But the changes have been met with some criticism. The American Medical Association called them “confusing and counterproductive” and other medical providers have said they’re “reckless.”

There’s one place where the new quarantine and isolation guidelines won’t go into effect, save for fully vaccinated and boosted staff: Arlington’s child care settings.

That’s because Arlington’s littlest kids either should not wear a mask or do not wear them reliably, meaning the spread of the highly transmissible Omicron variant is highly likely in these settings, according to the public health division.

“A full 10-day isolation and quarantine period was recommended because of the difficulty to enforce mask wearing in such a young population (i.e. children under 2 years old should not wear a mask),” Public Health spokesman Ryan Hudson told ARLnow.

The interim guidance came out Wednesday, as Arlington and the Northern Virginia region continue to see high levels of COVID-19 transmission, and will be in effect until the CDC comes out with guidance specific to child care settings — which are known as places where kids pick up all kinds of germs.

“The CDC’s recent updates to shorten the isolation and quarantine period are for the general population, including K-12 school settings,” Hudson said. “In absence of specific guidance from the CDC regarding child care centers, Arlington County Public Health provided interim guidelines, subject to change based on updates from the CDC.”

One local child care provider that had started implementing the new CDC guidance acknowledged the flip-flop may cause disruption for families.

“We had been following the recent CDC 5 day isolation period, which we confirmed with [the Virginia] Department of Health last week,” the facility’s director wrote. “However, in light of the omicron variant and the current surge, Arlington County has recently announced interim guidelines for child care settings which we must follow. We understand that this recent change is frustrating but we are our trying our best to follow the policies, which do keep changing.”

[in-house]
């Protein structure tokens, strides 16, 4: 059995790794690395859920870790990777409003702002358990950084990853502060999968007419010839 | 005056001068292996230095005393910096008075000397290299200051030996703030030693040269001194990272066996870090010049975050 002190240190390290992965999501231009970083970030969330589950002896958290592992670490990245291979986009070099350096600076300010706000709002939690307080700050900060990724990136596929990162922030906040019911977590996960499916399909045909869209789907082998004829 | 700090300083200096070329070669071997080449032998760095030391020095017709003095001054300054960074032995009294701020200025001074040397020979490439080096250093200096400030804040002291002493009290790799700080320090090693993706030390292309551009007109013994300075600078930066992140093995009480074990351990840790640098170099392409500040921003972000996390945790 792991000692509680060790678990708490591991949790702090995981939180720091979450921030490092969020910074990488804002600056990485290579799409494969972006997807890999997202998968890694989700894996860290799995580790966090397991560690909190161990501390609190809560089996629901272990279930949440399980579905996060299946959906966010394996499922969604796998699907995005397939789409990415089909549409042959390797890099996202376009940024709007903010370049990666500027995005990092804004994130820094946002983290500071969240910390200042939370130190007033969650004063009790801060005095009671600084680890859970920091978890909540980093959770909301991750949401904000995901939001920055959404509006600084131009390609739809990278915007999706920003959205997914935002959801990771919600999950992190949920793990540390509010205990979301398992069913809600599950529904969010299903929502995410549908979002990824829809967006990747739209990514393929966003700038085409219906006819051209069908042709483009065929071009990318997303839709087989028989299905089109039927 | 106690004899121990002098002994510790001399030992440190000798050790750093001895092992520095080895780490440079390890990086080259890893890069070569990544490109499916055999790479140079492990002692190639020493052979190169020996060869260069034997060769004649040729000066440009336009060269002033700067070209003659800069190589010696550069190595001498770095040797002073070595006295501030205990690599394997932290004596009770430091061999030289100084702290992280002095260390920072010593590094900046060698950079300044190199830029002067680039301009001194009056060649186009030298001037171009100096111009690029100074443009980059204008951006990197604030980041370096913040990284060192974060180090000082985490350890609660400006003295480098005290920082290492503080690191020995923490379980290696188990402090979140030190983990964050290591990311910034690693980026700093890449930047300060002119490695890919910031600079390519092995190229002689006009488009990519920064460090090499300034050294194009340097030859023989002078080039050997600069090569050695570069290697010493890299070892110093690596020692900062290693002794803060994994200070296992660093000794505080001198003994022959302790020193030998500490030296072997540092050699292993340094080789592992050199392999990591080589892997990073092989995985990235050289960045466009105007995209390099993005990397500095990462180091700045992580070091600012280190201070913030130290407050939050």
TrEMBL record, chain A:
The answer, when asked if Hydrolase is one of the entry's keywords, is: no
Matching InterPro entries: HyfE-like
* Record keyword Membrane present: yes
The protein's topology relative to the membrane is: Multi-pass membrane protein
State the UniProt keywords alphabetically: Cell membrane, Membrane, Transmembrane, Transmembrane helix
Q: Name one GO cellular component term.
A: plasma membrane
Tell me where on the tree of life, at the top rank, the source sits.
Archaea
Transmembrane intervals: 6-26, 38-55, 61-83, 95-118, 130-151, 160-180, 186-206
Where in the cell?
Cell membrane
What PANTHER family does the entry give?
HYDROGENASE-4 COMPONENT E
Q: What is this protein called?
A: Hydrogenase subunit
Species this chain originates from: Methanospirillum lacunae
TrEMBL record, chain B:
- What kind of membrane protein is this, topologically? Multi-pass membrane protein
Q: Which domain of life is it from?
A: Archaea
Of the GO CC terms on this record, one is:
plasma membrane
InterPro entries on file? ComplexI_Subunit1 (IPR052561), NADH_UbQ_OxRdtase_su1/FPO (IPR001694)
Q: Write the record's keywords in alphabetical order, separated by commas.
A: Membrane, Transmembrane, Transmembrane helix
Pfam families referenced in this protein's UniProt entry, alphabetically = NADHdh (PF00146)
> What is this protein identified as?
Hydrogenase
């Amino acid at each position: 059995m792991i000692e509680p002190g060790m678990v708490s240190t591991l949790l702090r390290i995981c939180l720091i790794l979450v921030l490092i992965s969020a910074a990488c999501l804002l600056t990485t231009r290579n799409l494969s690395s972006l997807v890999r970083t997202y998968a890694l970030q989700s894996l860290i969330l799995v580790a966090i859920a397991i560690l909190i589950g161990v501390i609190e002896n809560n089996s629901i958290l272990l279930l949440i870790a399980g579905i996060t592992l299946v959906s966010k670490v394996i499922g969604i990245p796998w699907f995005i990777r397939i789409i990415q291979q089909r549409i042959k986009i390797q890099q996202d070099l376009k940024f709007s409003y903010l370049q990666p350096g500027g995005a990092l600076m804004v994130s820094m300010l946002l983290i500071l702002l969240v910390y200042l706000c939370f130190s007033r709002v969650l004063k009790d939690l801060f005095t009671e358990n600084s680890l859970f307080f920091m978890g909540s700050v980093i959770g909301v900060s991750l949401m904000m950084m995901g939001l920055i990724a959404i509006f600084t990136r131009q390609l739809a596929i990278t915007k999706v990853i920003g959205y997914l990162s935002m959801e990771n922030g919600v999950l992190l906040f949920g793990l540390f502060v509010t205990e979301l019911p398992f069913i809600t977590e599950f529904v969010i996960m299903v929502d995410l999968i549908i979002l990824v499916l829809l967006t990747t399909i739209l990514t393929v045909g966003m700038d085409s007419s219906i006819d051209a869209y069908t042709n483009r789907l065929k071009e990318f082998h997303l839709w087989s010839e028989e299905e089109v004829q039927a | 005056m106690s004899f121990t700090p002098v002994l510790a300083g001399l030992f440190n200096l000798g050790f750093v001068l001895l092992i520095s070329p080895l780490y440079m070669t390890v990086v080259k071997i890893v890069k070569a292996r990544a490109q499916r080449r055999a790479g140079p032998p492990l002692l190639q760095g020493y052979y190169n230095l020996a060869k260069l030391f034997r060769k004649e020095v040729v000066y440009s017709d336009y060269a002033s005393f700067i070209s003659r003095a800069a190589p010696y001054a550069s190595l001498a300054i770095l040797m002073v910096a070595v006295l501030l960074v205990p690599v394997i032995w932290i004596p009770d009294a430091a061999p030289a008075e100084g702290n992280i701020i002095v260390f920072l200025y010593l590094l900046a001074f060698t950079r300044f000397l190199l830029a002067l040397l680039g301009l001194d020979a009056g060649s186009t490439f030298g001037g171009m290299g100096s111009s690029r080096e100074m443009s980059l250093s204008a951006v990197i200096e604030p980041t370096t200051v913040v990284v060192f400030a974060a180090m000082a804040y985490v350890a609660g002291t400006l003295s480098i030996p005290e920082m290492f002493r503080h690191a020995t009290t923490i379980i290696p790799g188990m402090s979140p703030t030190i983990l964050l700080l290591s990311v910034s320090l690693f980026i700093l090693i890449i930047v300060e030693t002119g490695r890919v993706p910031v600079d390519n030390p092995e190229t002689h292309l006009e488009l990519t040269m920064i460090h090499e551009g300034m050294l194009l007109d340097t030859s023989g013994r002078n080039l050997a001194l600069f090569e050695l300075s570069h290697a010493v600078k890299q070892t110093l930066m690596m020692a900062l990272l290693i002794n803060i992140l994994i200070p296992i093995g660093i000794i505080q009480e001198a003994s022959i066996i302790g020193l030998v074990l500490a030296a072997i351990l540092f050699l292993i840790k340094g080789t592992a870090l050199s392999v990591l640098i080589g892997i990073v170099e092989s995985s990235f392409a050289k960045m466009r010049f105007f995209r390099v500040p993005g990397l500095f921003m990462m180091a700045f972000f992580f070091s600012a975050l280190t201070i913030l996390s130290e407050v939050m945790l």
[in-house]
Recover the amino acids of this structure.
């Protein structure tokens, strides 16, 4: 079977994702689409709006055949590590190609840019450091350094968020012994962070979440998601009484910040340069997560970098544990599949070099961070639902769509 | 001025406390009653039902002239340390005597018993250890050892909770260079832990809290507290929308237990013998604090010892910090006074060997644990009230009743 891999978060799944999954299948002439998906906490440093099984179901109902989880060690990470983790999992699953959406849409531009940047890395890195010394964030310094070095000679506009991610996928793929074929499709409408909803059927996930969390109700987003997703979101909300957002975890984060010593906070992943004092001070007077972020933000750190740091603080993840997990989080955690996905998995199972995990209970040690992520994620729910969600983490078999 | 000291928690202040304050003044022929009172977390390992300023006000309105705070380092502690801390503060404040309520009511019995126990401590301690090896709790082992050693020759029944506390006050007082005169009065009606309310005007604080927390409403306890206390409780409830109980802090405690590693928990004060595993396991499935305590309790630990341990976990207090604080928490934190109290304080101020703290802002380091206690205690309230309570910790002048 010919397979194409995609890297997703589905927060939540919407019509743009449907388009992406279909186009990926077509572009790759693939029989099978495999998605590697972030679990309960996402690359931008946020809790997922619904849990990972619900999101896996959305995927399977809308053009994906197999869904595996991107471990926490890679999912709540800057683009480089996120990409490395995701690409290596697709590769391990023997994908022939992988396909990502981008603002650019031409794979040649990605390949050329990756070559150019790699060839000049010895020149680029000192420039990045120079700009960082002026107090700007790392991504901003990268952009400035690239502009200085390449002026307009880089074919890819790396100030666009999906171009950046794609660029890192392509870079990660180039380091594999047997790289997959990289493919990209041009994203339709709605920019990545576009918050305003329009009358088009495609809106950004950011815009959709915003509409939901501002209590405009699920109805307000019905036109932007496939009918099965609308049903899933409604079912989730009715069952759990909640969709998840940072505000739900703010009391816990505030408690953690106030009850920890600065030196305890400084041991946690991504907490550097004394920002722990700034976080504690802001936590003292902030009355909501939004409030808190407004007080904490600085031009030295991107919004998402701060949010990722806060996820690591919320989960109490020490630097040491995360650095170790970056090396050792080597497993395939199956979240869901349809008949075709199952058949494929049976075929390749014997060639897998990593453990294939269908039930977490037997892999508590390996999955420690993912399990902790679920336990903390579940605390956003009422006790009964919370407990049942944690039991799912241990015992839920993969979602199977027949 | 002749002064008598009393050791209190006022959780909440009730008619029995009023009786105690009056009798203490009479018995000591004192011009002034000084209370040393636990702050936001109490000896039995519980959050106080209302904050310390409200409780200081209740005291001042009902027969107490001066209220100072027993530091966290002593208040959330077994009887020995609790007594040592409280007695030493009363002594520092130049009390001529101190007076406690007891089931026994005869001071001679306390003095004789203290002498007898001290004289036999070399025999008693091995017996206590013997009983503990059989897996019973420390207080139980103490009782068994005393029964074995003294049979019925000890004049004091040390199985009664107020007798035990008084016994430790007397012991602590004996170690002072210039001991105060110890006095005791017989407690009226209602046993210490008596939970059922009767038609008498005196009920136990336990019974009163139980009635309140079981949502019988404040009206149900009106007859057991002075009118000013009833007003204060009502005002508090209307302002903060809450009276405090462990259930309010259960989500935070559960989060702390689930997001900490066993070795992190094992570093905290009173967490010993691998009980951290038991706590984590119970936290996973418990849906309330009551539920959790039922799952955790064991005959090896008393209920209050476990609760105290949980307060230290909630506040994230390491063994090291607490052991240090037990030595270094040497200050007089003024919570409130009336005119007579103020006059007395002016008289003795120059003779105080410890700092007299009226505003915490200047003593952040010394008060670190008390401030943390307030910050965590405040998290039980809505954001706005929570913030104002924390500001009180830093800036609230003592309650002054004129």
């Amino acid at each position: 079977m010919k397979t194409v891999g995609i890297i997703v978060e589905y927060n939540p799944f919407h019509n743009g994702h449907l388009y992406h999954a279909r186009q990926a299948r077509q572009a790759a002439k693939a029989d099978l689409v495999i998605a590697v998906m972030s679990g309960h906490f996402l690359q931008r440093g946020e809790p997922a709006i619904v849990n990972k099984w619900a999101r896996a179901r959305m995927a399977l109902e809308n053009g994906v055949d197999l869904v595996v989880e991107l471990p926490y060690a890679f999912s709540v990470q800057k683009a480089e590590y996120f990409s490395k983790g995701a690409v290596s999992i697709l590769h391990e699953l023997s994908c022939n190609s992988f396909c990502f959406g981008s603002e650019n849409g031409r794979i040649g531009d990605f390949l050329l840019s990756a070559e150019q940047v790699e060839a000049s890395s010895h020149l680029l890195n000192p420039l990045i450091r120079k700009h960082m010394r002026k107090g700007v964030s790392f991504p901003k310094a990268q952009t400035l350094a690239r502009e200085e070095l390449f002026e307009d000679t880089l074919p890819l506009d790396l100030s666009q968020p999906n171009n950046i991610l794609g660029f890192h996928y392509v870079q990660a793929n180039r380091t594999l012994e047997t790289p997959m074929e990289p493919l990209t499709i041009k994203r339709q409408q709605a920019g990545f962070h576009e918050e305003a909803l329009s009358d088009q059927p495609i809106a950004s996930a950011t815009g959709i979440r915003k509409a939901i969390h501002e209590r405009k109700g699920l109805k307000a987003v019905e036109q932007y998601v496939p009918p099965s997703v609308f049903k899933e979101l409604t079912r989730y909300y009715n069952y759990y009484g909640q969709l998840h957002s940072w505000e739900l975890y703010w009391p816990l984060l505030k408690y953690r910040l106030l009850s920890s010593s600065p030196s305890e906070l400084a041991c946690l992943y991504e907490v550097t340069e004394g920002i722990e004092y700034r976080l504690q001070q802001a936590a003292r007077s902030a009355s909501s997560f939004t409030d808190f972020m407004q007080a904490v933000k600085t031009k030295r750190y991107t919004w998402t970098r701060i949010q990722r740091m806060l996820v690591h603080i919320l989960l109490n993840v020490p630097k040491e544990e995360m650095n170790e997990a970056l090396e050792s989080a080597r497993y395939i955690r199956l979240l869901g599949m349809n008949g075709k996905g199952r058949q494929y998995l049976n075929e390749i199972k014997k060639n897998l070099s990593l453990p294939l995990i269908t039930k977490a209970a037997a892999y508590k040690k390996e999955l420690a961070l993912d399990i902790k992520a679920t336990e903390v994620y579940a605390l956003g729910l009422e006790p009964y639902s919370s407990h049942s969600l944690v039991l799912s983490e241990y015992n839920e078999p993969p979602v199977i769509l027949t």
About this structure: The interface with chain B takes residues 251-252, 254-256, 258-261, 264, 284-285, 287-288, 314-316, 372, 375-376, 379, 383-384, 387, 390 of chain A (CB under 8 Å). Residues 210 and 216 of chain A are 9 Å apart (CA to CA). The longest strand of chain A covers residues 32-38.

Pre-pandemic child care was in short supply in Arlington, as it was in many parts of the country, in part because of a shortage of child care workers. The pandemic has exacerbated these realities and forced many parents, especially mothers, to quit their jobs.

Board Chair Katie Cristol, who has worked on a number of efforts to fight the local child care shortage, says she’s still learning about the new recommendations and the tensions that public health professionals and child care providers have to navigate right now.

But the biggest challenge facing child care providers during the pandemic remains staffing, which the guidelines could exacerbate.

“From my conversations with providers, their biggest challenges over the last year have been with staffing,” Cristol said. “I think this reflects the general upheaval in the labor market, as well as the ongoing difficulty of affording high-quality staff in a very low-margin business, and — at least anecdotally — the challenge of recruiting and retaining staff seems to be making it hard for some providers to expand hours or capacity as they try to adjust back to ‘normal’ after the first year of the pandemic.”

To boost child care employee recruitment during this time, the county has provided training and is working with the local Richmond delegation to pass legislation that would improve how benefits like retirement and health care get to employees.

“It remains a big challenge, for certain,” she said.

The county also supports centers through ongoing health consultations and informational resources, and has run targeted vaccination clinics for child care providers and employees, Cristol noted.

The new Arlington Public Health guidelines for local child care providers are below.

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Arlington County Board Chair Matt de Ferranti speaks during the Board’s Tuesday meeting on how to allocate federal funding (via Arlington County)

Pandemic recovery, childcare and criminal justice reform will be receiving millions in federal and county funds.

This week, the Arlington County Board voted to put federal COVID-19 relief funding and unspent county budget dollars toward these areas and other equity initiatives. Members also signaled the county’s commitment to these priorities by adopting them in their state legislative priority package.

On Tuesday, the Board allocated $29.5 million in American Rescue Plan Act funds for pandemic response and local assistance programs.

It also put more than $6 million in surplus from the 2020-21 budget, or “closeout” funds, toward retention bonuses and compensation of county employees, support for restorative justice initiatives, review of body worn footage cameras and a new position in the Sheriff’s Office.